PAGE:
From last edition

as a woman rights activist, what challenges do you face in Benin?

In West Africa, and Benin in particular, there are significant challenges in facilitating the participation of women in the political process and having them represented in spheres of decision-making and power. Additionally, ending violence against women has been a challenge. We do not deny the efforts underway, of course, but time is for action. In West Africa, civil society organizations are viewed with a negative eye, therefore it is difficult to implement our various actions for the benefit of women’s rights.

What forms of gender discrimination are prevalent in Benin?

Despite the legal provisions in force in Benin, we see discriminatory behavior towards women every day. Stereotypes still exist and in the minds of people women are still the “weaker sex.”

Traditional practices such as widowhood rites, FGM, early and forced marriages, and the internment of girls in convents persist to this day. Social responsibilities are still unequally shared between men and women. The problem is that even if public opinion is more and more sensitized, the culprits are seldom punished because the victims are afraid to denounce them.

What are the achievements of your organization over the past five years?

We have organized several advocacy activities on the use of international and regional human rights procedures for the promotion and protection of women’s rights in Africa. RFLD has also conducted research on a wide range of issues relating to women, including ending sexual violence. Our activities provide beneficiaries with more knowledge and skills in the promotion and protection of women’s rights by using African and international human rights systems to act in cases of human rights violations.                


Hannah J. Forster from the Gambia

Mrs. Forster is the Executive Director of ACDHRS, a regional institution whose main objective is to build and maintain a human rights movement in Africa and to promote greater respect for democratic principles. She has been with ACDHRS since 1990 and has worked with both African and international human rights systems and mechanisms for over three decades. Additionally, Mrs. Forster is a trained and practicing mediator and a member of the Women Mediators across the Commonwealth. She serves as a Steering Committee Member for the World Movement for Democracy and the International Civil Society Committee of the Council for the Community of Democracy.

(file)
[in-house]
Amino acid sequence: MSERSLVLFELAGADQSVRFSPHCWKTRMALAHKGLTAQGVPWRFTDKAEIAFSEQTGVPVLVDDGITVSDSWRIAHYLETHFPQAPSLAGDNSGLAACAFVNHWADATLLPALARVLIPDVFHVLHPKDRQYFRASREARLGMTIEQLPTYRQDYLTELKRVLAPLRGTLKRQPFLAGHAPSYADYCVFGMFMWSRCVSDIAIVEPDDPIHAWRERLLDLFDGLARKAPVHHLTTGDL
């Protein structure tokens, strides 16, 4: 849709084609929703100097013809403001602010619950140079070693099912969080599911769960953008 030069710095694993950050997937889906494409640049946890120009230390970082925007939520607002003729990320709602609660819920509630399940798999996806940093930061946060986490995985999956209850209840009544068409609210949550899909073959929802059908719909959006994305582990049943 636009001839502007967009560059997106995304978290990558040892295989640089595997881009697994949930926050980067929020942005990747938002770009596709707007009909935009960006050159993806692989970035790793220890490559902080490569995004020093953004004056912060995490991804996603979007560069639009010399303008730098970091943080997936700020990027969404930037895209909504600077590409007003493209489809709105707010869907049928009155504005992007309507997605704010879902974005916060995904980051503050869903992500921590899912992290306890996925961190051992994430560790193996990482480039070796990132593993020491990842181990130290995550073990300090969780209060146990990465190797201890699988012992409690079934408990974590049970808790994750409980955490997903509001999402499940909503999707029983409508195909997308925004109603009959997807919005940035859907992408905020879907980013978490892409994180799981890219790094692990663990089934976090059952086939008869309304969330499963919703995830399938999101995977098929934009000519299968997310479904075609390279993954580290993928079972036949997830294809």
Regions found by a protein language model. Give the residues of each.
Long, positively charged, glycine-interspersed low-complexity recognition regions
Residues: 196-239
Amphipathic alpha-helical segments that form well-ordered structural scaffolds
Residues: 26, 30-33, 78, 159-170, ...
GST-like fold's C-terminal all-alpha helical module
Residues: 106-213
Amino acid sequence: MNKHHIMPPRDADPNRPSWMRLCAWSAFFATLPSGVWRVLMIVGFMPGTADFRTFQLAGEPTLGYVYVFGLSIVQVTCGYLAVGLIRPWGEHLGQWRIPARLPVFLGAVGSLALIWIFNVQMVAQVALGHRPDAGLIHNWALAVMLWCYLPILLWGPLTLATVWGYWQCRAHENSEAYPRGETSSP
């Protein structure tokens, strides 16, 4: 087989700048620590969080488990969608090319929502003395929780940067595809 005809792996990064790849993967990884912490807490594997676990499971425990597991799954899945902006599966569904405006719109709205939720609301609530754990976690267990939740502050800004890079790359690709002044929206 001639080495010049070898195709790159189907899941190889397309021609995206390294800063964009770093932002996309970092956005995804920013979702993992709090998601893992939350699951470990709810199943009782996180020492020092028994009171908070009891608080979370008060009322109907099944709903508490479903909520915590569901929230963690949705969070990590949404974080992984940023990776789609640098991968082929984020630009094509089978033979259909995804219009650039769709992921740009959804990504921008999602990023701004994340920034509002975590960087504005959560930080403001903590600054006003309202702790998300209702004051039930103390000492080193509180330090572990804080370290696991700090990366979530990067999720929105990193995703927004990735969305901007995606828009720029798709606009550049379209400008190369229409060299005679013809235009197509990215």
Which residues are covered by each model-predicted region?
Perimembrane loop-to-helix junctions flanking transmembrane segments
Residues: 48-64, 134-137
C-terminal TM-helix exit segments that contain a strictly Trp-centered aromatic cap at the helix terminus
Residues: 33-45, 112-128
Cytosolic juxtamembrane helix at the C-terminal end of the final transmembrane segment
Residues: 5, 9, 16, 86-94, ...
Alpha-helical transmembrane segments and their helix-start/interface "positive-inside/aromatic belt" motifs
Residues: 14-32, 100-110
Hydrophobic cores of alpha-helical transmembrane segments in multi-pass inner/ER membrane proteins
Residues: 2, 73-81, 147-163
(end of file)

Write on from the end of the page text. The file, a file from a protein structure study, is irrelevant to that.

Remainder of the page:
As a woman rights activist, what challenges do you face in The Gambia?

In The Gambia, like elsewhere in the region, the promotion and protection of women’s human rights has not gone without challenges. The main challenges are related to religious, traditional, and cultural barriers, patriarchy, lack of awareness, and sensitization on the role of women which continues to impede the advancement of women’s human rights. However, civil society actors continue to develop strategies to engage diverse stakeholders to implement actions that contribute towards the promotion and protection of women and girls’ rights.

What is the current situation in The Gambia in terms of promoting women’s rights?

The Gambia is a State Party to the Convention on the Elimination of Discrimination Against Women (CEDAW), the Maputo Protocol and other women’s human rights instruments. Other progressive laws and policies have also been domesticated. However, implementation of the provisions of said instruments remains a challenge, like in other African countries. Civil society and other stakeholders continue to engage with governments at different levels to ensure that barriers to the realization of women’s human rights are overcome. The impact of COVID19 has further negatively impacted the promotion of women’s human rights, especially as related to economic justice.

What steps should the Gambian government take to improve the situation for women and girls?

There are very progressive laws that have been passed by The Gambia pertaining to women’s and girls’ human rights, including but not limited to the Maputo Protocol, the Women’s Act 2010, Anti-FGM/C Act 2015, Children’s Act 2005, the Sexual Offences Act 2013, Domestic Violence Act, 2013 amongst others. However, the implementation of said laws remains a challenge. There is a need to move from words to action, and concrete steps need to be taken by the government and complemented by relevant stakeholders to ensure the implementation of the provisions of the instruments.

Mariam Lamizana from Burkina Faso


Mrs. Lamizana Mariam is the President of VDF. Established in 2000, VDF works to promote and protect the legal, socio-economic, cultural, and political rights of women and girls. The NGO employs communications campaigns and capacity-building training to sensitize Burkinabé women of their rights. A campaigner against female genital mutilation, Lamizana was the first Chairperson of the National Committee to Combat the Practice of Excision and is Chairperson of the Inter-African Committee on Traditional Practices Affecting the Health of Women and Children. She served in the Government of Burkina Faso as Minister of Social Action and National Solidarity from 2002 to 2006.

What are some positive developments for women’s rights in Burkina Faso?

To be Continued

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